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William Russell Health InsuranceExpat Health Insurance in Venezuela

William Russell's private medical insurance will cover you and your family wherever you may be. Whether you need primary care or complex surgery, you'll have access to the best hospitals & doctors available. Unlike some insurers, we also include medical evacuation and mental health cover in our plans (except SilverLite). Get a quote from our partner, William Russell.
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How do I meet people in Venezuela?

When we asked people living in Venezuela about club and activities where newcomers can meet others, they responded:

"Meeting people in Venezuela is relatively easy. You can join a local Meetup or Couchsurfing group, attend festivals or cultural events such as carnivals, or even check out some of the many bars and clubs in big cities like Caracas. Online communities such as Expat.com and InterNations are also a great way to meet expats and learn more about Venezuela's culture. Another great way to meet people is to volunteer with a local charity or organization - you can learn a great deal about the country and make some valuable connections," commented one expat who made the move to Venezuela.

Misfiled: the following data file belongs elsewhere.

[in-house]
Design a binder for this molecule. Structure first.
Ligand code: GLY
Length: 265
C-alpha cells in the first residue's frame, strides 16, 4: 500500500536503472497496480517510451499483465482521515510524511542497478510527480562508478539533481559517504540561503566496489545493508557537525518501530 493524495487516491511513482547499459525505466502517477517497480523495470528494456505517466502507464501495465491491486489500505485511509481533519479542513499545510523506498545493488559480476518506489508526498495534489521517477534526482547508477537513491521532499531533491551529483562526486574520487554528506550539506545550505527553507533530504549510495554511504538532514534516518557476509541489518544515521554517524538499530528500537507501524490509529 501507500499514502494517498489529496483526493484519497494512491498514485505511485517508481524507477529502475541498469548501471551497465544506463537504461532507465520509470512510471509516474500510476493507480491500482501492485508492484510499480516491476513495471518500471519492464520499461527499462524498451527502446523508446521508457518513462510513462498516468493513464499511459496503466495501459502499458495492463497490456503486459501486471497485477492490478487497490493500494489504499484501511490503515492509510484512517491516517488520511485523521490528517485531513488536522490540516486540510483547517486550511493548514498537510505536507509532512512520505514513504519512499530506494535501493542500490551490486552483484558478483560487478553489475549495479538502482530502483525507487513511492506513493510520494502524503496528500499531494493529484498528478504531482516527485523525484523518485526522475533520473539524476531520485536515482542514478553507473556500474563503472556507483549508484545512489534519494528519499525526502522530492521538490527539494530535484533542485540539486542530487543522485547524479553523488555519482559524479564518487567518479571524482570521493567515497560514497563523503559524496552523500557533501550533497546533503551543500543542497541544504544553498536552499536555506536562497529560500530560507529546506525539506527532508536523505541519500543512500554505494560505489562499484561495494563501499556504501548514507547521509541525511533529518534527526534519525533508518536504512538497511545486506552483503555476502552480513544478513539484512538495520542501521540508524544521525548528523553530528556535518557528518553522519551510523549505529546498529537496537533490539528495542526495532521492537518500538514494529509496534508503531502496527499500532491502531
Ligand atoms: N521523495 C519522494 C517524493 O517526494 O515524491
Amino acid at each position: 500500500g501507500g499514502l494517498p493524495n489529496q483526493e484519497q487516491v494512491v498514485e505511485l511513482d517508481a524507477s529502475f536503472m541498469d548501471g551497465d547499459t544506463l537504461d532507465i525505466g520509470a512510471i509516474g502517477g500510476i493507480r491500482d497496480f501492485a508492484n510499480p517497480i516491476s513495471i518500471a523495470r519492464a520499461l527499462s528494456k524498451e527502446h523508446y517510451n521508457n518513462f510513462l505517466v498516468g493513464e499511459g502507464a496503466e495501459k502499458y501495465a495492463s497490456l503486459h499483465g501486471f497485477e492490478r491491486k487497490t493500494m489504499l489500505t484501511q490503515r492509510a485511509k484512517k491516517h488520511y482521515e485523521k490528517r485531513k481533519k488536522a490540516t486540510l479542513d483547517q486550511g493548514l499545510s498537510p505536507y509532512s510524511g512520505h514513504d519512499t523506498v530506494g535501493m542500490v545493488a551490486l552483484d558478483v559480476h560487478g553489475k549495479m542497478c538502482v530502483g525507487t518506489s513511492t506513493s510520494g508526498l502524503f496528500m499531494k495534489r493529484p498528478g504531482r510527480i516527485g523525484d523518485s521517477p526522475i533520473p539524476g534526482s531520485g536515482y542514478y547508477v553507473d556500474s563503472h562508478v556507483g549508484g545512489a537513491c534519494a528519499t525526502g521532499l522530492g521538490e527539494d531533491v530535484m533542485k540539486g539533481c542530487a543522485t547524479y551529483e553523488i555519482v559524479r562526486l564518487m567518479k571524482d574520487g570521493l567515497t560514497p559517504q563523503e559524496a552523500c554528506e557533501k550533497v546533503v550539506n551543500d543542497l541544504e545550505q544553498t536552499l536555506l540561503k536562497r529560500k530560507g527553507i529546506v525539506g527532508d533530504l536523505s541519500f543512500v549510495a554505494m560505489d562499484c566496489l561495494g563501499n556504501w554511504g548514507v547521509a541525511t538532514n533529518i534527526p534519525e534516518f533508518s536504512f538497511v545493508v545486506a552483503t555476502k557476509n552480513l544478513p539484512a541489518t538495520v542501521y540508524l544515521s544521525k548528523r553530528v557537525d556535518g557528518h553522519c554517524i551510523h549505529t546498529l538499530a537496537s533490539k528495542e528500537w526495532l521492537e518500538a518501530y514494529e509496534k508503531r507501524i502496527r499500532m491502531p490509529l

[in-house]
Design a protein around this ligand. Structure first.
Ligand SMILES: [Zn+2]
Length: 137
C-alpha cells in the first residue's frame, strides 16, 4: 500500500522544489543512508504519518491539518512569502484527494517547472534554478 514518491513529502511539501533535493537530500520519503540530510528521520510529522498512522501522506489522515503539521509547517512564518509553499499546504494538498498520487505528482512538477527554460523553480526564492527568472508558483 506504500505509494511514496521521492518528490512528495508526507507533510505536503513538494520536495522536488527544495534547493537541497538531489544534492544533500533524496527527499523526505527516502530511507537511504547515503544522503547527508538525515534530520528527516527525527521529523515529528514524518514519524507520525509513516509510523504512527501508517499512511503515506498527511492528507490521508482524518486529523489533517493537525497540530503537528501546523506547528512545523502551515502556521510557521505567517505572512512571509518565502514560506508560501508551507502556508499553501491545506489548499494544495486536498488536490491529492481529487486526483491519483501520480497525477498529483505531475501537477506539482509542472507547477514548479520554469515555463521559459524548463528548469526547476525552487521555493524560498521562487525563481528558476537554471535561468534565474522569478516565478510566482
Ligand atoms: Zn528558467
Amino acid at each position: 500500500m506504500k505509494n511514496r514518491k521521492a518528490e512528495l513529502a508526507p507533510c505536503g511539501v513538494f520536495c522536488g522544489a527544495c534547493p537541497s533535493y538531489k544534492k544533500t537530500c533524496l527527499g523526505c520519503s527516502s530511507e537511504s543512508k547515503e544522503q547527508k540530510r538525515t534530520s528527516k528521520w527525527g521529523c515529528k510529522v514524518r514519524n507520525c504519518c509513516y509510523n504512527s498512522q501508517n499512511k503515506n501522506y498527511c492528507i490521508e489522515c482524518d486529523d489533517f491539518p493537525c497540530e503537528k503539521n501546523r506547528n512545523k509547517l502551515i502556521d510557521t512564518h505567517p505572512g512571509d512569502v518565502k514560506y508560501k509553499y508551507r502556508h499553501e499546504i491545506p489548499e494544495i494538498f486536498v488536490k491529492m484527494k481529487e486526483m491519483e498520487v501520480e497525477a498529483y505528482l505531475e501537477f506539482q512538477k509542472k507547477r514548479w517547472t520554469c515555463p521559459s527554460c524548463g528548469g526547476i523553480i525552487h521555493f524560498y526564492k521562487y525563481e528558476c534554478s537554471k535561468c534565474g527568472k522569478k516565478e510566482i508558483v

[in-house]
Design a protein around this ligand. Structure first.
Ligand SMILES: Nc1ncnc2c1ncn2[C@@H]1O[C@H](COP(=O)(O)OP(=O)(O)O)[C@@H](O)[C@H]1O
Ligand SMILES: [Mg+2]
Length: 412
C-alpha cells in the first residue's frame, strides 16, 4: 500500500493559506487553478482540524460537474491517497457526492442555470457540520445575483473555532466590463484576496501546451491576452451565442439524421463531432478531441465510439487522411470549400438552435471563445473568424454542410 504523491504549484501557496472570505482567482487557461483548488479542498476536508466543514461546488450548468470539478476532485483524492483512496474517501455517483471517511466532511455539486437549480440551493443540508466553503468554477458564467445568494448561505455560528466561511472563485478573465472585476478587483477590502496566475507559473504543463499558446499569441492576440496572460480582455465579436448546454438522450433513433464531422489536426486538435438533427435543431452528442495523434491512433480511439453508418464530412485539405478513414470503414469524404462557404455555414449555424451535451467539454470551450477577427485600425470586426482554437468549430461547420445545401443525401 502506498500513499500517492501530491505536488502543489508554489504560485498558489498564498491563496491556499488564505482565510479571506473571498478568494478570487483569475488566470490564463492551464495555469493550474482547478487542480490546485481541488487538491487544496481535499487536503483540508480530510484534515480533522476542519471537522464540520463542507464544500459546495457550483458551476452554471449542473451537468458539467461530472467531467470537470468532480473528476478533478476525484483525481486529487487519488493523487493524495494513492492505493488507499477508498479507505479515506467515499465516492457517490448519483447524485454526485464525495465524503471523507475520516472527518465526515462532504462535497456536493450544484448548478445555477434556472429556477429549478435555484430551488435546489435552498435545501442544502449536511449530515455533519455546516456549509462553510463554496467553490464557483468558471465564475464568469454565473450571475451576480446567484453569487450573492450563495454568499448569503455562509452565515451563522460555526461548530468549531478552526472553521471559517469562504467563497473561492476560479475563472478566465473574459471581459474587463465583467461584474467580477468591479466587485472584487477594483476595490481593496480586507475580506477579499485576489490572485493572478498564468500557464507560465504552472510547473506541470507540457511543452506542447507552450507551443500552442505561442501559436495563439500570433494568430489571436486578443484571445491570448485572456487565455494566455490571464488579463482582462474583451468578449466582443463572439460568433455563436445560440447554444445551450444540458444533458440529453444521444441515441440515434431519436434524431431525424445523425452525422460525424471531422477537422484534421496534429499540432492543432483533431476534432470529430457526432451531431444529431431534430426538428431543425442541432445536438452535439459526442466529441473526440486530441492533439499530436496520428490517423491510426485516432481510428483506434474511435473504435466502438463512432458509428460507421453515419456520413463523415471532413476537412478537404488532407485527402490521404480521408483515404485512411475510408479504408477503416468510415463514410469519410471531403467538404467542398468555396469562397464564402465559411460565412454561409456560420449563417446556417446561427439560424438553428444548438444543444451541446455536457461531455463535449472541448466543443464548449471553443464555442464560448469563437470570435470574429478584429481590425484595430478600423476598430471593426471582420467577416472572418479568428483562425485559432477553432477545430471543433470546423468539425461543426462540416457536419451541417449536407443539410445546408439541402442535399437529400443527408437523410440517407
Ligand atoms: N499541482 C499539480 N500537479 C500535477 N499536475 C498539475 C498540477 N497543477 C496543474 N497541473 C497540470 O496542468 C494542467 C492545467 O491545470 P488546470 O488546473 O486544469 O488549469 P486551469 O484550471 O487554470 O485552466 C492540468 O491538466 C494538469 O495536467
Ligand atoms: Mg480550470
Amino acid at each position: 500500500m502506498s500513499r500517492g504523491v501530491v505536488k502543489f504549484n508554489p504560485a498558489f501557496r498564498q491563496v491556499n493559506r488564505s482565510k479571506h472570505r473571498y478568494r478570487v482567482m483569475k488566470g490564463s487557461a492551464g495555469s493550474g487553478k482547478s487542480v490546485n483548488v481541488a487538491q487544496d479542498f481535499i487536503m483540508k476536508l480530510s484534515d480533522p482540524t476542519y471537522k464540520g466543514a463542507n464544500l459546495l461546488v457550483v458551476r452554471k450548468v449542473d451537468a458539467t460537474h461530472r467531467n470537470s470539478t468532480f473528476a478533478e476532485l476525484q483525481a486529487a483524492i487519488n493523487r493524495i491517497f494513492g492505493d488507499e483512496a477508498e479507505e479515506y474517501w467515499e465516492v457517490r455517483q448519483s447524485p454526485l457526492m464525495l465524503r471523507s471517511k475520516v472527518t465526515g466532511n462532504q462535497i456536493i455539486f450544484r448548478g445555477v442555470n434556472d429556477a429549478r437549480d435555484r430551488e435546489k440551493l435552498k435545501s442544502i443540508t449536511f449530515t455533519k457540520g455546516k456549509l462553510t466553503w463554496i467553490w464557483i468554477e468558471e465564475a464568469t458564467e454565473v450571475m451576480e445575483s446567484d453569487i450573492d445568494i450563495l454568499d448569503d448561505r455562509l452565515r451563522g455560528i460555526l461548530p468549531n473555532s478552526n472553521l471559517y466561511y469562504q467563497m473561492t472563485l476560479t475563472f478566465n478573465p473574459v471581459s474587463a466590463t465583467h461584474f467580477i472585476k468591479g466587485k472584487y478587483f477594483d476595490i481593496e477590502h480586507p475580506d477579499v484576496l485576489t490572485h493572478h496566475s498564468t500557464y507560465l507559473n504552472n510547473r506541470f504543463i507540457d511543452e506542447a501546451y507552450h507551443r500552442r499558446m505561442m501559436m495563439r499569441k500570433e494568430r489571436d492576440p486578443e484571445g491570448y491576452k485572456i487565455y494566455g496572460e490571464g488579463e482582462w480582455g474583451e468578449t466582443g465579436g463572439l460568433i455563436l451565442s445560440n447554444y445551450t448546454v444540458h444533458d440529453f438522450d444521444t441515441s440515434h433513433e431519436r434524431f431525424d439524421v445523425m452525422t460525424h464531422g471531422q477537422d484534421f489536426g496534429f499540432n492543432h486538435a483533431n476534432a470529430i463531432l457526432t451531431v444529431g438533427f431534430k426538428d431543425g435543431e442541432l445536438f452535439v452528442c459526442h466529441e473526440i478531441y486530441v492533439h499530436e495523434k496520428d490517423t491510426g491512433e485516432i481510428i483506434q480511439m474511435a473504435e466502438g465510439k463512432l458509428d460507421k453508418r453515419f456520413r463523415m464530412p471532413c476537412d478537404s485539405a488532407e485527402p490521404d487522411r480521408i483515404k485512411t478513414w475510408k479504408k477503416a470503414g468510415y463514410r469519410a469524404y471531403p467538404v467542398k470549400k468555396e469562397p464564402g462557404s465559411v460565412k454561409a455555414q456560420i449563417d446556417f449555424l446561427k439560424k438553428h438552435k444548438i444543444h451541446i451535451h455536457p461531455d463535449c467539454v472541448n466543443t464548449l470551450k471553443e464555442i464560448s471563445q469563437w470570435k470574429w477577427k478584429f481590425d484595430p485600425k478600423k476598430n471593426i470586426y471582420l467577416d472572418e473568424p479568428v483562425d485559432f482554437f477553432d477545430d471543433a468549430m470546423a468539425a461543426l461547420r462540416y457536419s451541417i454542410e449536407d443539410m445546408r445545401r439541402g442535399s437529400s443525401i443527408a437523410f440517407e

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William Russell Health Insurance

William Russell's private medical insurance will cover you and your family wherever you may be. Whether you need primary care or complex surgery, you'll have access to the best hospitals & doctors available. Unlike some insurers, we also include medical evacuation and mental health cover in our plans (except SilverLite). Get a quote from our partner, William Russell.

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William Russell Health Insurance

William Russell's private medical insurance will cover you and your family wherever you may be. Whether you need primary care or complex surgery, you'll have access to the best hospitals & doctors available. Unlike some insurers, we also include medical evacuation and mental health cover in our plans (except SilverLite). Get a quote from our partner, William Russell.